want any choirs drawing attention to their performance. We
do not want music prepared in advance. Everything we do is
led by the Holy Spirit as he leads us.
There might be no universal answer to the question as to
whether or not the musician should be paid. However, evaluating
some of these ideas in light of your particular situation
may assist you in your decision. If Christian churches hope
to develop a celebration of worship, Christian musicians must
be able to spend the time necessary to provide this leadership.
If you want a full-time ministry you should expect to pay
a full-time salary. Such positions pay from 75% to 100% of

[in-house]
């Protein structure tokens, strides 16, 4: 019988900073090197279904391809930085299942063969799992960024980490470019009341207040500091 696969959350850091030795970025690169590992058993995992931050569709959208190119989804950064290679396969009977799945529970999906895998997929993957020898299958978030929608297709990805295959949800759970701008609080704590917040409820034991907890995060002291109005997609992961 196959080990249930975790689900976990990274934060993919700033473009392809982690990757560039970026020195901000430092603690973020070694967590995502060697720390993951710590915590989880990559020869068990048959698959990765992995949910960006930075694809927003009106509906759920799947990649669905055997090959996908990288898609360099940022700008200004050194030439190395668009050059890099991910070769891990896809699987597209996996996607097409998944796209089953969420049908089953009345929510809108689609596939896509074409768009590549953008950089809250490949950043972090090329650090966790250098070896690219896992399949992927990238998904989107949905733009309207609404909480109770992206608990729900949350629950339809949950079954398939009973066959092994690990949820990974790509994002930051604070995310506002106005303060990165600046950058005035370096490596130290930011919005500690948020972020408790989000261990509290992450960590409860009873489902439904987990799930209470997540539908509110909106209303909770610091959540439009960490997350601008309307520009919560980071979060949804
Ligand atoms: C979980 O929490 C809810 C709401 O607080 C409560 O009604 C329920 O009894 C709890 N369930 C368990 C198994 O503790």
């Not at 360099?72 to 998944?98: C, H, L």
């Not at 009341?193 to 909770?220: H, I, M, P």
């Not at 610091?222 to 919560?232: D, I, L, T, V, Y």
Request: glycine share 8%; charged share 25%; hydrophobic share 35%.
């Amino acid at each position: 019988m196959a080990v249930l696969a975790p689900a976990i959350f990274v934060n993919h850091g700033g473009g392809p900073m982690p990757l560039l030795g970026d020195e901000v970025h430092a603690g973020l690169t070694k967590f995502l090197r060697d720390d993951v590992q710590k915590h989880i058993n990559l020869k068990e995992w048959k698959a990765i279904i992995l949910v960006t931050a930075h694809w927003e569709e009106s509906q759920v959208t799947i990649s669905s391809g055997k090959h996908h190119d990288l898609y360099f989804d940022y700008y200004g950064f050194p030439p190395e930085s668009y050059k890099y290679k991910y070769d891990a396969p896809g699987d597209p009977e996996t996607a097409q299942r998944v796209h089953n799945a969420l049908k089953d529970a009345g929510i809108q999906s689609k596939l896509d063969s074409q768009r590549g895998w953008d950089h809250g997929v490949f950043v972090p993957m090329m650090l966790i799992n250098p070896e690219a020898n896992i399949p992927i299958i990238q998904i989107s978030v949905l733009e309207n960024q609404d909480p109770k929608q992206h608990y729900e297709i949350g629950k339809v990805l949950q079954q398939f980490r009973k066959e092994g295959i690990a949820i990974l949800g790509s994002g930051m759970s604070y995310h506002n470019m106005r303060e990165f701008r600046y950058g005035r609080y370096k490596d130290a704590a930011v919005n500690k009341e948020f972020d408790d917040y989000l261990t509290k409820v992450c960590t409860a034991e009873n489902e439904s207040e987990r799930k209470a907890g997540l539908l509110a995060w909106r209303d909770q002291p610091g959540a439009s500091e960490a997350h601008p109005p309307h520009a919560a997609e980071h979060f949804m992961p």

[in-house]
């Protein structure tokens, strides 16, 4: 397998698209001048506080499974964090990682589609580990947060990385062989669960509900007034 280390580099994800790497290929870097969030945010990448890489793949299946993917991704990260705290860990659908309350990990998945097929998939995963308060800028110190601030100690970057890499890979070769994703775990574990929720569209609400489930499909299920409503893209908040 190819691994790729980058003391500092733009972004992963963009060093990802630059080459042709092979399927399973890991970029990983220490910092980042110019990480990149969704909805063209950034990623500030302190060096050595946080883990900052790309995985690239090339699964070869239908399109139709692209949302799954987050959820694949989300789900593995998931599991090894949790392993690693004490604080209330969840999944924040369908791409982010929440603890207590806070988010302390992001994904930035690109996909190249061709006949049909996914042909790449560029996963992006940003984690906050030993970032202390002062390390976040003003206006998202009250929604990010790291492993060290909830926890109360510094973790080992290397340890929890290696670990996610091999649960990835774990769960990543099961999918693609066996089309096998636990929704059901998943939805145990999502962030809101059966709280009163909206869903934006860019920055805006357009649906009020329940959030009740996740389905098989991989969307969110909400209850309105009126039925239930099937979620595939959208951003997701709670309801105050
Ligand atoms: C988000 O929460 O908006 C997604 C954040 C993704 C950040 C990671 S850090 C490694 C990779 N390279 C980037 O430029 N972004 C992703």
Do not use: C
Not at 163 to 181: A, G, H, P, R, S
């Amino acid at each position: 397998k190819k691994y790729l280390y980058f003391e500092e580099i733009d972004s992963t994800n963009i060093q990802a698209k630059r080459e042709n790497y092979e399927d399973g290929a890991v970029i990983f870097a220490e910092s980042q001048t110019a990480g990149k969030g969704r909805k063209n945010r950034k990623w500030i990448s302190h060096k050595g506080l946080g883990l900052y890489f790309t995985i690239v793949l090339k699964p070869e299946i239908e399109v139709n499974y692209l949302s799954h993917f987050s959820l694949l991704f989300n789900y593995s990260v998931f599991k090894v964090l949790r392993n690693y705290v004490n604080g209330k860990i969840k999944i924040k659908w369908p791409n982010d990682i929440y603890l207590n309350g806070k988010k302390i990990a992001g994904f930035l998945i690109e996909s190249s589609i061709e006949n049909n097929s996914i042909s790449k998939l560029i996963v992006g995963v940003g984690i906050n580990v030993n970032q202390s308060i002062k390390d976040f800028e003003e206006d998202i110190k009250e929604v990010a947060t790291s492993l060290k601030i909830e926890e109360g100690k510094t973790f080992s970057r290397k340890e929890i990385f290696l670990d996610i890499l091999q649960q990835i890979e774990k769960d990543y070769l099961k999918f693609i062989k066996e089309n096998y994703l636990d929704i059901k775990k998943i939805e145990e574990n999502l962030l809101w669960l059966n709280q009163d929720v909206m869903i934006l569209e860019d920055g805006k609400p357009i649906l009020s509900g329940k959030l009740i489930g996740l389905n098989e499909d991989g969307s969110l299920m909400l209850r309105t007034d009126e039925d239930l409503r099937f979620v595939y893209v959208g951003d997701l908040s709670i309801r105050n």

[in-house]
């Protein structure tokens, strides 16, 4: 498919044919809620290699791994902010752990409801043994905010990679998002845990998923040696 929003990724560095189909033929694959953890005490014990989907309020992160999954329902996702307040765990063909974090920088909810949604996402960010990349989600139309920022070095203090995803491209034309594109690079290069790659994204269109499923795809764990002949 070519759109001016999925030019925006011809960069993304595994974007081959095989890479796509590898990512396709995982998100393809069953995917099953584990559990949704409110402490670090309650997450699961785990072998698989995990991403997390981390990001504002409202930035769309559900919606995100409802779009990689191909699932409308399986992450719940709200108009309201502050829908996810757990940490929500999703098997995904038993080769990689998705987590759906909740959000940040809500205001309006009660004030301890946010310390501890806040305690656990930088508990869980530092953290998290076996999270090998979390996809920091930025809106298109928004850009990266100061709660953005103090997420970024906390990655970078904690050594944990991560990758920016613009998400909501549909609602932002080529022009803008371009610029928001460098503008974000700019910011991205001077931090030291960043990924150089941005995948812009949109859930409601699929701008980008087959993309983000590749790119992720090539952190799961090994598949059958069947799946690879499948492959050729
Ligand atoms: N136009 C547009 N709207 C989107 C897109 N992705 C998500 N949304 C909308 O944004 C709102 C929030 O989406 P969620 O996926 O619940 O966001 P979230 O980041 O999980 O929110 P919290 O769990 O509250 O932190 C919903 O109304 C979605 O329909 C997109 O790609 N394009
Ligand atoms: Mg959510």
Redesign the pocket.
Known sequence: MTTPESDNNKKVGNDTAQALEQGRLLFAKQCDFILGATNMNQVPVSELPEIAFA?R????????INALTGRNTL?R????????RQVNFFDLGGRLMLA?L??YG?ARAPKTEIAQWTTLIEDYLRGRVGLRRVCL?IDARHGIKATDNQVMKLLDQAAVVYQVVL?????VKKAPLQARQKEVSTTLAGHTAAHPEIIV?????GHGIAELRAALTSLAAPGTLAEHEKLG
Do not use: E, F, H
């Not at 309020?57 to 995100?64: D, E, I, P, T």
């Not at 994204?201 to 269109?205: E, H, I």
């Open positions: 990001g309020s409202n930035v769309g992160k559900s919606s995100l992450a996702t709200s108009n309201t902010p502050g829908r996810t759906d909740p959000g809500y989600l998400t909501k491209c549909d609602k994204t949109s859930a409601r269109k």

what the pastor is paid including benefits of up to four weeks
paid vacation, health insurance and continuing education time
and expenses. Part time positions generally pay a little more
per hour, comparable vacation and reduced other benefits.
Volunteers are paid only in satisfaction of their work done.
There can be an additional satisfaction in their sacrifice
of money to help bring about a ministry in a particular venue
that would otherwise not be there. For some people this blessing
of being able to minister is fully adequate. For others financial
needs means that they cannot offer ministry to the church
as they would like because they must work other jobs to provide
for their financial needs.
The temple musicians were called by God, gifted, trained
and skilled for their ministry. Hopefully, we desire and will
accept no less.
(By: Rev. Larry D. Ellis)